Section 29 of POCSO Act applicable only after trial begins: Delhi High Court

Question over presumption of guilt cropped up when the court was hearing bail plea of a man in a sexual assault case

Updated - October 05, 2020 08:20 am IST

Published - October 05, 2020 12:50 am IST - New Delhi

A view of the Delhi High Court in New Delhi. File

A view of the Delhi High Court in New Delhi. File

The Delhi High Court has ruled that the presumption of guilt engrafted in Section 29 of the Protection of Children from Sexual Offences (POCSO) Act gets triggered and applies only once trial begins, that is after charges are framed against the accused.


Section 29 of the POCSO Act says that when a person is prosecuted for committing an offence of sexual assault against a minor, the special court trying the case “shall presume” the accused to be guilty.

Proving innocence

This reverse burden on the accused to prove his innocence was incorporated in the POCSO Act keeping in view the low conviction rate of sexual offences against children.

The question of whether the presumption of guilt applies only at the stage of trial or does it also apply when a bail plea is being considered cropped up while hearing the bail plea of a 24-year-old man arrested for alleged sexual assault of a minor.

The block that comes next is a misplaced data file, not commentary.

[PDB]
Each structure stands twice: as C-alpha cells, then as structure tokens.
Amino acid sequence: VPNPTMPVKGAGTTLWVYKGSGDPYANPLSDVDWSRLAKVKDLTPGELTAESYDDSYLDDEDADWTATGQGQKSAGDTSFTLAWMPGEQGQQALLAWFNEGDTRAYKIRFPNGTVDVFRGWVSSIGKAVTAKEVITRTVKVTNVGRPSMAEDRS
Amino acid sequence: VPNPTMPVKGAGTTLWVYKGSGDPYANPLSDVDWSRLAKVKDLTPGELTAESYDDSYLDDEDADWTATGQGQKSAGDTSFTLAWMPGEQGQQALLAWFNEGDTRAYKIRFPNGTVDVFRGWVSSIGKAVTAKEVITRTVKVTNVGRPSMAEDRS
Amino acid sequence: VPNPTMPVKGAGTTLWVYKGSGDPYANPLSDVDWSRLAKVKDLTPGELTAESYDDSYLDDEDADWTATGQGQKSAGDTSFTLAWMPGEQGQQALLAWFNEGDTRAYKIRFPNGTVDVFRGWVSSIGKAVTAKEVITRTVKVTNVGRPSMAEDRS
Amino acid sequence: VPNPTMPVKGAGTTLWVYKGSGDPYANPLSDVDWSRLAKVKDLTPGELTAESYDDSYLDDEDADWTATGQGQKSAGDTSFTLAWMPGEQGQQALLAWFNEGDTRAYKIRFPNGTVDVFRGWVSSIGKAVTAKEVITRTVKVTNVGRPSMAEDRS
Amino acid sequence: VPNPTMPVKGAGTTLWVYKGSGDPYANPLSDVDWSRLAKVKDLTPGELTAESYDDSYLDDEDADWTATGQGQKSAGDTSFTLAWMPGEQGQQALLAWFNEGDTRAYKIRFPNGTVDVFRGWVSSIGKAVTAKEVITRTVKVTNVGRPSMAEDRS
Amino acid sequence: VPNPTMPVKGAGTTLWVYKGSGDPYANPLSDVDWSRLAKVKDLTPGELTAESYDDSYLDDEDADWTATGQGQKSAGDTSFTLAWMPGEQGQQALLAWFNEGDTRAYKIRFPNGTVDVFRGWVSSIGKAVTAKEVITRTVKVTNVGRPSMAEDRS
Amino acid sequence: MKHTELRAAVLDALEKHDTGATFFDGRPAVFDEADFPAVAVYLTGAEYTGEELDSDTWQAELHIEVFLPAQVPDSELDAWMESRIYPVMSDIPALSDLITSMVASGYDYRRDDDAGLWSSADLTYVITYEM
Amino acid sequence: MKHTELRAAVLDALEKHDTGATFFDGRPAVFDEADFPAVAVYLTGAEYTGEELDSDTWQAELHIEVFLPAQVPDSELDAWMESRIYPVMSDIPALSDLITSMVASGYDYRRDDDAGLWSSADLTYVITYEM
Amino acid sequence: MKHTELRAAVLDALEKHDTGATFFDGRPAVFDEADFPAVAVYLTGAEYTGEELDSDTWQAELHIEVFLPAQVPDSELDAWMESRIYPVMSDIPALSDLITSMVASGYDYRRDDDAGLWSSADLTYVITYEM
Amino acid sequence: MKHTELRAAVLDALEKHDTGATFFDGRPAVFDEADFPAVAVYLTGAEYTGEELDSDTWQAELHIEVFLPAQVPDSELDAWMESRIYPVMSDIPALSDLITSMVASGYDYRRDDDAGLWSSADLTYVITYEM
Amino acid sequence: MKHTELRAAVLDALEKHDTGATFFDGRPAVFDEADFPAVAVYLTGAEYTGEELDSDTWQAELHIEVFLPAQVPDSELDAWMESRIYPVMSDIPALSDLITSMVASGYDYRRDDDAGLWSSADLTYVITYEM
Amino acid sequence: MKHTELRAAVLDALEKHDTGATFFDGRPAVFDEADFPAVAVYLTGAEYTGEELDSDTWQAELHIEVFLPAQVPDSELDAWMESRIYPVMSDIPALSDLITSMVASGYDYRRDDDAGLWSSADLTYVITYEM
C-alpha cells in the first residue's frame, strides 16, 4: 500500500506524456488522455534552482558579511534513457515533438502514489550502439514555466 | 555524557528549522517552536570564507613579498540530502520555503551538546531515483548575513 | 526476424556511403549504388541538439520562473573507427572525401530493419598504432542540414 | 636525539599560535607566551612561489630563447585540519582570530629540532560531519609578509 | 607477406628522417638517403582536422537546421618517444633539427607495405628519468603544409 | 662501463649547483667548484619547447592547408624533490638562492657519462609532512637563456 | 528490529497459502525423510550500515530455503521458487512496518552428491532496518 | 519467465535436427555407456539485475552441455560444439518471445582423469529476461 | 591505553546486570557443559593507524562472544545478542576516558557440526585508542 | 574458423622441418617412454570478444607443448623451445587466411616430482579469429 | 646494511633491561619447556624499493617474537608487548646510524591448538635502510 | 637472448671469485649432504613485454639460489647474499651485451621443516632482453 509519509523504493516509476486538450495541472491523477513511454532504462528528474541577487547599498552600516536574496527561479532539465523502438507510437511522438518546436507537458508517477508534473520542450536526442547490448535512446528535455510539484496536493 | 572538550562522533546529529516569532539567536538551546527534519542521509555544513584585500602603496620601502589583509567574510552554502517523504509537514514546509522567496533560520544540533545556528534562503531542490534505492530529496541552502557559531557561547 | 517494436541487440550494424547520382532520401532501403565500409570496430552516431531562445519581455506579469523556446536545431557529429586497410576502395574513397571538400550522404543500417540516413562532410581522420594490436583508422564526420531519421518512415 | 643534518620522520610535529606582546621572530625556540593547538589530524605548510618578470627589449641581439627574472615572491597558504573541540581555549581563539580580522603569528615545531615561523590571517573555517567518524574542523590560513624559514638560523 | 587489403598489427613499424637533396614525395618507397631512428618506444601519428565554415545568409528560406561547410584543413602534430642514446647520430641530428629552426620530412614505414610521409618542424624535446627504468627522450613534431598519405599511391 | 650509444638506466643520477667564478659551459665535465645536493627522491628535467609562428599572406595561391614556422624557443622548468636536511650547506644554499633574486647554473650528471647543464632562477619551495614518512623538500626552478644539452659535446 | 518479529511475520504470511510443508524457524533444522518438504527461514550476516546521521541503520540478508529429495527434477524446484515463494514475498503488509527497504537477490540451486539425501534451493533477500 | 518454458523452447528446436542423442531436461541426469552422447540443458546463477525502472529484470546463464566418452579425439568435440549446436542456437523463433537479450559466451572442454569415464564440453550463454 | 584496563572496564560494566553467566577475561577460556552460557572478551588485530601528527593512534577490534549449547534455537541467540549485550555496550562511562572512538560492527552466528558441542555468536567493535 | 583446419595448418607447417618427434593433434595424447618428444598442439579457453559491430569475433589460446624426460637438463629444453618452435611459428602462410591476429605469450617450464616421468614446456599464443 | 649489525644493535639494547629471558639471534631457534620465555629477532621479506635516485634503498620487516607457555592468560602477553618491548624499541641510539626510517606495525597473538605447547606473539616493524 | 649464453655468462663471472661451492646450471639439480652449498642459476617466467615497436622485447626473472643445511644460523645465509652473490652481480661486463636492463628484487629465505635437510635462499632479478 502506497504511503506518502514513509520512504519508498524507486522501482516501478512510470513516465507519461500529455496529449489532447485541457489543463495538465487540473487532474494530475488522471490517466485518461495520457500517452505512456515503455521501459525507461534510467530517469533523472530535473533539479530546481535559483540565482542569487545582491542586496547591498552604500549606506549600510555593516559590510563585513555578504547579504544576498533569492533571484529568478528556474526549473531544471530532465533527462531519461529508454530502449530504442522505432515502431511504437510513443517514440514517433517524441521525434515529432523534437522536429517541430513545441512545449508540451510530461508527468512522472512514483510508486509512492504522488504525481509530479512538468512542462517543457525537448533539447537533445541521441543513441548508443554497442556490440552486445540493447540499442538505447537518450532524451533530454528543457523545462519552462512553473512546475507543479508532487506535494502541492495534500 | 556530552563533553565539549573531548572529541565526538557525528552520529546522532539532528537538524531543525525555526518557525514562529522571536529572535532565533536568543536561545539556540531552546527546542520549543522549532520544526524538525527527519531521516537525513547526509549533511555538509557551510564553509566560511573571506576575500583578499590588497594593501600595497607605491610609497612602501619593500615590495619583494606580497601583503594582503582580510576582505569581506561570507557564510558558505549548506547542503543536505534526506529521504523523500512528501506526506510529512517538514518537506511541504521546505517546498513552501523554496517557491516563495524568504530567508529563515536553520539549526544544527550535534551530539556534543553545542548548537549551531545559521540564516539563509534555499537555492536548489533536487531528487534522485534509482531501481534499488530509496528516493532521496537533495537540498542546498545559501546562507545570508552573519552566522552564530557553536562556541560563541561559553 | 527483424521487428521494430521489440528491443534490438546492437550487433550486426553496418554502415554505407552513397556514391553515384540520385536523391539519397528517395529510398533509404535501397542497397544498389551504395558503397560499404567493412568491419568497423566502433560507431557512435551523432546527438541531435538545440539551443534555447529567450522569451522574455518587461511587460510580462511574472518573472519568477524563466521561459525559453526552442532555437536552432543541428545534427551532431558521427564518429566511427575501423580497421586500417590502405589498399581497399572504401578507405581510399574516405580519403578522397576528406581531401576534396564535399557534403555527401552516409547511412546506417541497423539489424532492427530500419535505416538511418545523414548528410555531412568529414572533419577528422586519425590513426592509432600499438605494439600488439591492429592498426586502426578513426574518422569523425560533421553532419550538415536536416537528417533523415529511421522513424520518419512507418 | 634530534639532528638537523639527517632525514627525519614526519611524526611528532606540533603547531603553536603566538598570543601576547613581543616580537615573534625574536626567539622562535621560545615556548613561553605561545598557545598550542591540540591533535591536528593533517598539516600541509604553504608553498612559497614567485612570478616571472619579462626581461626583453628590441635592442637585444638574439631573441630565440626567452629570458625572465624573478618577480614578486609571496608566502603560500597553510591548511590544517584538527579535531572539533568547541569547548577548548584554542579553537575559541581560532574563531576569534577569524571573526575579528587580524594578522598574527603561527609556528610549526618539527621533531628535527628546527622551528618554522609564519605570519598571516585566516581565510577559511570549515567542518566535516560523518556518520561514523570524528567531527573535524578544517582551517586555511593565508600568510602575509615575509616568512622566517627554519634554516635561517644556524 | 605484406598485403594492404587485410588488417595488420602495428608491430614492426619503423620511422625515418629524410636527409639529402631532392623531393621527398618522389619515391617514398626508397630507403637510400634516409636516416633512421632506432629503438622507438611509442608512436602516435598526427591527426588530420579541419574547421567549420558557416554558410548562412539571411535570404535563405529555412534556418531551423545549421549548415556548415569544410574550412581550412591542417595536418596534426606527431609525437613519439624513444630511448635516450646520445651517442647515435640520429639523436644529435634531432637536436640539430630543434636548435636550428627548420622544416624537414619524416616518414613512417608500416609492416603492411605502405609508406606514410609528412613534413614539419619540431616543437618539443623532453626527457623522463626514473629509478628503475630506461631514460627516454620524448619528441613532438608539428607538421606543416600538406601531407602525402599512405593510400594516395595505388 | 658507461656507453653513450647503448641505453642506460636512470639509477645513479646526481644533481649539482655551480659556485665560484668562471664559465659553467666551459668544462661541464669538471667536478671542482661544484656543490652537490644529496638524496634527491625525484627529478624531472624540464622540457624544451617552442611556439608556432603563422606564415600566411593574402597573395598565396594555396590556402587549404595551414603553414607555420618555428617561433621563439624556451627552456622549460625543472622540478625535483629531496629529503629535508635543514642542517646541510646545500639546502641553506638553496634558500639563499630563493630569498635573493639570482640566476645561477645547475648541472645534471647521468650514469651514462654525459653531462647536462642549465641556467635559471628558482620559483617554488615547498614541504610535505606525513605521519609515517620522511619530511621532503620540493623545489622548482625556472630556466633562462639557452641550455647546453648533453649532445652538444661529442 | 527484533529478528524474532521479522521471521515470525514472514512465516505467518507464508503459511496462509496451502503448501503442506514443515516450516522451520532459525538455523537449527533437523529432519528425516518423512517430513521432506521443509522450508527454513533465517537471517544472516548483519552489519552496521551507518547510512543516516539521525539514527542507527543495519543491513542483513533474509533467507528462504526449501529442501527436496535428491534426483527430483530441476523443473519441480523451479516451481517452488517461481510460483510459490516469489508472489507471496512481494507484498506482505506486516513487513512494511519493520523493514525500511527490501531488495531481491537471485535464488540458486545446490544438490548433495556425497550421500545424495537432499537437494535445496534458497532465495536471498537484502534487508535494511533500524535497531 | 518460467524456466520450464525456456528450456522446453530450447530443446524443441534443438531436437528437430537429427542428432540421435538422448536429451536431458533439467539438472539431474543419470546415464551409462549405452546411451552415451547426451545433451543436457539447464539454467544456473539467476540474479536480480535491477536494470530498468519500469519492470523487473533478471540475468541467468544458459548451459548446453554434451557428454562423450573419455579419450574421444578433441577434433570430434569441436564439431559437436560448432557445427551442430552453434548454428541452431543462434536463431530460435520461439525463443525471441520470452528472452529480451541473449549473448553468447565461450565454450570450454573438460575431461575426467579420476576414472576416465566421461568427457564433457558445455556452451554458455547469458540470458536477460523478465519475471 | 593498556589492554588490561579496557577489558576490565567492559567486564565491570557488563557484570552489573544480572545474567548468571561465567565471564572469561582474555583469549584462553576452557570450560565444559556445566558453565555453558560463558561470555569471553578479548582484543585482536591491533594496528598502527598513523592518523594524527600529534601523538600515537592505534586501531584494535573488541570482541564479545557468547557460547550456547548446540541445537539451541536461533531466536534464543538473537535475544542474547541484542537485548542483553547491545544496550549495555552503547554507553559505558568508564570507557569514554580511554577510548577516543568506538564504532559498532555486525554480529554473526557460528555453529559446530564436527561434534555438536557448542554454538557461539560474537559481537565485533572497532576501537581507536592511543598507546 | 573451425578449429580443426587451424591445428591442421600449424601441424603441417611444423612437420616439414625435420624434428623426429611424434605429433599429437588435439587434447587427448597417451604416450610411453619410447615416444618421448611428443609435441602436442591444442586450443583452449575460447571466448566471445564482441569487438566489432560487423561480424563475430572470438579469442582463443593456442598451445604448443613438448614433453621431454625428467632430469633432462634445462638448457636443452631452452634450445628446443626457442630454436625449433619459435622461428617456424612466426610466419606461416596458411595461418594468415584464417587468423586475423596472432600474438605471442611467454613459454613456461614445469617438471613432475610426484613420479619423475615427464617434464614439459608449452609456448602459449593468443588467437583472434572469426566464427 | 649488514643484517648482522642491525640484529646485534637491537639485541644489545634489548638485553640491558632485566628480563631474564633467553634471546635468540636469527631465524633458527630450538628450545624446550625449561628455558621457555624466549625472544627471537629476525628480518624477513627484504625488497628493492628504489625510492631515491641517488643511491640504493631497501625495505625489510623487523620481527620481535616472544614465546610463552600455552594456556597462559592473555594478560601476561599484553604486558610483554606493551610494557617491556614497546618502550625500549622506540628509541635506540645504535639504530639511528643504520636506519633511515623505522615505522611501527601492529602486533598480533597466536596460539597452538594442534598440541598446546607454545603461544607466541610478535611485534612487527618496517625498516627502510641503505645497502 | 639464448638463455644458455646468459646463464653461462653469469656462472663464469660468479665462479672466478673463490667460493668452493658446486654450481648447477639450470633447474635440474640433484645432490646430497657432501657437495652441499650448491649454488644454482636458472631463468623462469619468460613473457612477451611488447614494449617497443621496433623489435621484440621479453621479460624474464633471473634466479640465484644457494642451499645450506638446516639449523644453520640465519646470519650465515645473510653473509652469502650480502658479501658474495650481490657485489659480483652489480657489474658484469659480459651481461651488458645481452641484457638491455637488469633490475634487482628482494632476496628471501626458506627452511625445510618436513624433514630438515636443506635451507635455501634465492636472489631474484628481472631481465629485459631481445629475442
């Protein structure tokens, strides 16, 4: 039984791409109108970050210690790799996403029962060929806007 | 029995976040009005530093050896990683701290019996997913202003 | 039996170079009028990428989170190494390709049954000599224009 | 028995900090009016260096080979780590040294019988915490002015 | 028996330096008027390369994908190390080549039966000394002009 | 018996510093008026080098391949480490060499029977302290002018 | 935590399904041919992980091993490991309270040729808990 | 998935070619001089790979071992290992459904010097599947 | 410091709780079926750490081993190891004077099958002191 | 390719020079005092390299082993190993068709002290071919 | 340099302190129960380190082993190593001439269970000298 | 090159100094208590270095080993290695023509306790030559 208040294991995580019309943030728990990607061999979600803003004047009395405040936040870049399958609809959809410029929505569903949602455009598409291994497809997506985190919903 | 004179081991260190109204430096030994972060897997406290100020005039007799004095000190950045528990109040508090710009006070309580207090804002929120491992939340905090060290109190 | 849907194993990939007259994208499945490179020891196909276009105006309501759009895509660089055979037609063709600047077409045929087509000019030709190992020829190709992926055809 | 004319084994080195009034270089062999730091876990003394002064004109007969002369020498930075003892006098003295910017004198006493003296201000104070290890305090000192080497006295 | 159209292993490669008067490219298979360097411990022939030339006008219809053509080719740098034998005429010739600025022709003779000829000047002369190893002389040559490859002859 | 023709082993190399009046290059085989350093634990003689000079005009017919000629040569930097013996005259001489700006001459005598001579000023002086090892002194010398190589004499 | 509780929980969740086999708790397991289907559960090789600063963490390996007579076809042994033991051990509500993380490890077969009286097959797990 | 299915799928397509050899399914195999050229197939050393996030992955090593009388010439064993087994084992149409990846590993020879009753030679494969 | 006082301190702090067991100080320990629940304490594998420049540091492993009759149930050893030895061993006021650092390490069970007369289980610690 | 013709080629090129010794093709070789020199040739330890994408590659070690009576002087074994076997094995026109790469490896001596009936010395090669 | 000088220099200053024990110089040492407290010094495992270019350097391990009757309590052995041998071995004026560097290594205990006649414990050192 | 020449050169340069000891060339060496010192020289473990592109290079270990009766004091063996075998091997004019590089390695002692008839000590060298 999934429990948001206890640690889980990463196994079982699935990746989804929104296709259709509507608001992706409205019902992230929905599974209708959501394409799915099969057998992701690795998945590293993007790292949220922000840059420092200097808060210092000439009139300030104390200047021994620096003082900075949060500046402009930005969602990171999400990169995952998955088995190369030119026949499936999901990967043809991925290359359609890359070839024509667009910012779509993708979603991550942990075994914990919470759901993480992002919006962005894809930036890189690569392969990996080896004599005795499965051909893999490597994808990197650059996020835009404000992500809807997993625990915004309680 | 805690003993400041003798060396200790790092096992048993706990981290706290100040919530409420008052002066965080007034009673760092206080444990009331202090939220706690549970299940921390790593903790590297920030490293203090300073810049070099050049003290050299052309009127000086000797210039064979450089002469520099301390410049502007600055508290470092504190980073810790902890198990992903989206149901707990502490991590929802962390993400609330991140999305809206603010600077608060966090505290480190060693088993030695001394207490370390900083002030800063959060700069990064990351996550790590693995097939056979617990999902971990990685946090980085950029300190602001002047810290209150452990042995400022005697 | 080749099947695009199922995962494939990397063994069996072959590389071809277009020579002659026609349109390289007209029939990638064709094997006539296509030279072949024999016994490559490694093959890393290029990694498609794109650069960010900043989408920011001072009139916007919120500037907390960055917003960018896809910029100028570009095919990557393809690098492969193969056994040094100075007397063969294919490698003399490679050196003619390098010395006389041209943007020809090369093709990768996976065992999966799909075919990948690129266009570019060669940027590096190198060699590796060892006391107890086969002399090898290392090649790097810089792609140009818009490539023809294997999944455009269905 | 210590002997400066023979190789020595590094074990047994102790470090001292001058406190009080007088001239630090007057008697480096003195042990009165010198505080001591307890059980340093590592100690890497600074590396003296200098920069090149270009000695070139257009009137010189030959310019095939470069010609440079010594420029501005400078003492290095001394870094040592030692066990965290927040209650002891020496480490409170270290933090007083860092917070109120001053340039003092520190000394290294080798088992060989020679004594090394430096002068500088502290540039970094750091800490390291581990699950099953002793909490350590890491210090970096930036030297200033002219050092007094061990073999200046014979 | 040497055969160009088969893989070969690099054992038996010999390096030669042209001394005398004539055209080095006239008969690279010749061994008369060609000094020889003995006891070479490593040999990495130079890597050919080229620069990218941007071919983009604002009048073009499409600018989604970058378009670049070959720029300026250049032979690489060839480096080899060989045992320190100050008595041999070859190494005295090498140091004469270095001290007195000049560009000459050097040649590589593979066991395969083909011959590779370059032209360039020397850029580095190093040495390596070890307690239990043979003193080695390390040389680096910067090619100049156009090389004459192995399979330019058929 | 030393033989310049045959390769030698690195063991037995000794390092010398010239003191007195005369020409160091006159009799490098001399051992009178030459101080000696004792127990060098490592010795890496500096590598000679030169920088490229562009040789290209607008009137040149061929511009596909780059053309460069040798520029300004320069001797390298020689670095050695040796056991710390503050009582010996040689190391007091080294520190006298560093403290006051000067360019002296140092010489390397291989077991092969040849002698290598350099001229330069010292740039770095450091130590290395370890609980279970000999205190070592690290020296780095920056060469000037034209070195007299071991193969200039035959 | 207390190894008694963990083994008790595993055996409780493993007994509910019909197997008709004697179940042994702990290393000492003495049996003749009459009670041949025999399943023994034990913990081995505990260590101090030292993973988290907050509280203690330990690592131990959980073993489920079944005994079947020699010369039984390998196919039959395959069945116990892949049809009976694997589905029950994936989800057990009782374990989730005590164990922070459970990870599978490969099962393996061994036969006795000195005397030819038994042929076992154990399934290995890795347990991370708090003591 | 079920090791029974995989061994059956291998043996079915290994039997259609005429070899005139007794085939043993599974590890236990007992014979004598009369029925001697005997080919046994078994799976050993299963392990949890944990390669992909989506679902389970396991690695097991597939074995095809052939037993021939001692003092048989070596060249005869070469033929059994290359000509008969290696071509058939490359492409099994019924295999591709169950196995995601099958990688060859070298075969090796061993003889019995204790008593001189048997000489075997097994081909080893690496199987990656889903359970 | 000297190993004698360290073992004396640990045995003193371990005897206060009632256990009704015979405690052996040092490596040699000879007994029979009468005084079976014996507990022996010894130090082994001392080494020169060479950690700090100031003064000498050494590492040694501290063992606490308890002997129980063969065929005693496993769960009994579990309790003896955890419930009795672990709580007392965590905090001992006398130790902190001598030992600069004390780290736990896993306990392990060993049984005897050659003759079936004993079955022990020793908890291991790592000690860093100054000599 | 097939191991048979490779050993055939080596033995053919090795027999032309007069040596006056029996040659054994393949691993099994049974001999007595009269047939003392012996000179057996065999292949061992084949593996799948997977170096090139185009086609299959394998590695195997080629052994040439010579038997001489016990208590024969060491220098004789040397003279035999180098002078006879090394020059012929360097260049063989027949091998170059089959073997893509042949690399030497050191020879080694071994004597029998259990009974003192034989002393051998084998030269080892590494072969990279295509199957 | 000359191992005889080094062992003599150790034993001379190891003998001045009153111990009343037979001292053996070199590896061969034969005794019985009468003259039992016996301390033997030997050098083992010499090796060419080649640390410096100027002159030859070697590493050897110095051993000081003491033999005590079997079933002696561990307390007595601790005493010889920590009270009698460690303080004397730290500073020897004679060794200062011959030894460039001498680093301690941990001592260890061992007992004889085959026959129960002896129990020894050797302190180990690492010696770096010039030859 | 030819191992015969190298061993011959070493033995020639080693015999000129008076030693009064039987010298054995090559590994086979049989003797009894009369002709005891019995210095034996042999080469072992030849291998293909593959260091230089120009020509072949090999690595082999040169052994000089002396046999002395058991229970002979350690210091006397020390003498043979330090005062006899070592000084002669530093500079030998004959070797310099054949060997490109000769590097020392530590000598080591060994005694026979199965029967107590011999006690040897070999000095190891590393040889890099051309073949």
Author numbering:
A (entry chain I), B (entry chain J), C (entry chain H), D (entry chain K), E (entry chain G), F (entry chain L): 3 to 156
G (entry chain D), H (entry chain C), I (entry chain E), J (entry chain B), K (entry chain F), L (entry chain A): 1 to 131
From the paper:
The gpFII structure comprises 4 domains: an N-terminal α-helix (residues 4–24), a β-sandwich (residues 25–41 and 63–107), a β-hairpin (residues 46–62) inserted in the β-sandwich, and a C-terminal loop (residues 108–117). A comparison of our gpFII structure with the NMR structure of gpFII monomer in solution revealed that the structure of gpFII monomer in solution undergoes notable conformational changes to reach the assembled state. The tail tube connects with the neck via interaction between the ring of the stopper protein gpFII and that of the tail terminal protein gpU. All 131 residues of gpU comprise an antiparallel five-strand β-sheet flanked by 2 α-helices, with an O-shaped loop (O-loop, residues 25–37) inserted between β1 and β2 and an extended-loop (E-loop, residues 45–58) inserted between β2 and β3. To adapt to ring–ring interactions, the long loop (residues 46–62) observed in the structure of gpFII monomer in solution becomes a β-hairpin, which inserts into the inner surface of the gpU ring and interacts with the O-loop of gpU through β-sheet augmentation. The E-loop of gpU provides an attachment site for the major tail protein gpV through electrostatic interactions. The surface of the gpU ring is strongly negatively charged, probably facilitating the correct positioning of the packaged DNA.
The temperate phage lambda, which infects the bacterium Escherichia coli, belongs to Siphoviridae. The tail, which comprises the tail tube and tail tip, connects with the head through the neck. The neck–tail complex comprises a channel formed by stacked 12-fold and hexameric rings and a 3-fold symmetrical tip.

Justice Anup Jairam Bhambhani clarified that if a bail plea is being considered before charges have been framed, Section 29 has no application. ‘Trial’ commences when charges are framed against an accused and not before that, Justice Bhambhani said.

Only at the stage when charges are framed does the court apply its judicial mind to whether there is enough evidence on record to frame a precise allegation, which the accused must answer, Justice Bhambhani said.

Disclosing one’s defence

“Therefore, it is only once charges are framed that the accused knows exactly what he is alleged to be guilty of; and therefore, what guilt he is required to rebut,” he said, adding an accused cannot be asked to disprove his guilt even before the foundational allegations with supporting evidence that suggest guilt are placed by the prosecution before the court.

“It would be anathema to fundamental criminal jurisprudence to ask the accused to disclose his defence; or, worse still, to adduce evidence in his defence even before the prosecution has marshalled its evidence,” the High Court said.

Justice Bhambhani also set out fresh norms while deciding a bail plea at the post-charge stage. “In addition to the nature and quality of the evidence before it, the court would also factor in certain real-life considerations,” Justice Bhambhani said.

This include whether the offence alleged involved threat, intimidation, violence or brutality. Also the court, hearing the bail would consider, whether the offence was repeated against the victim.

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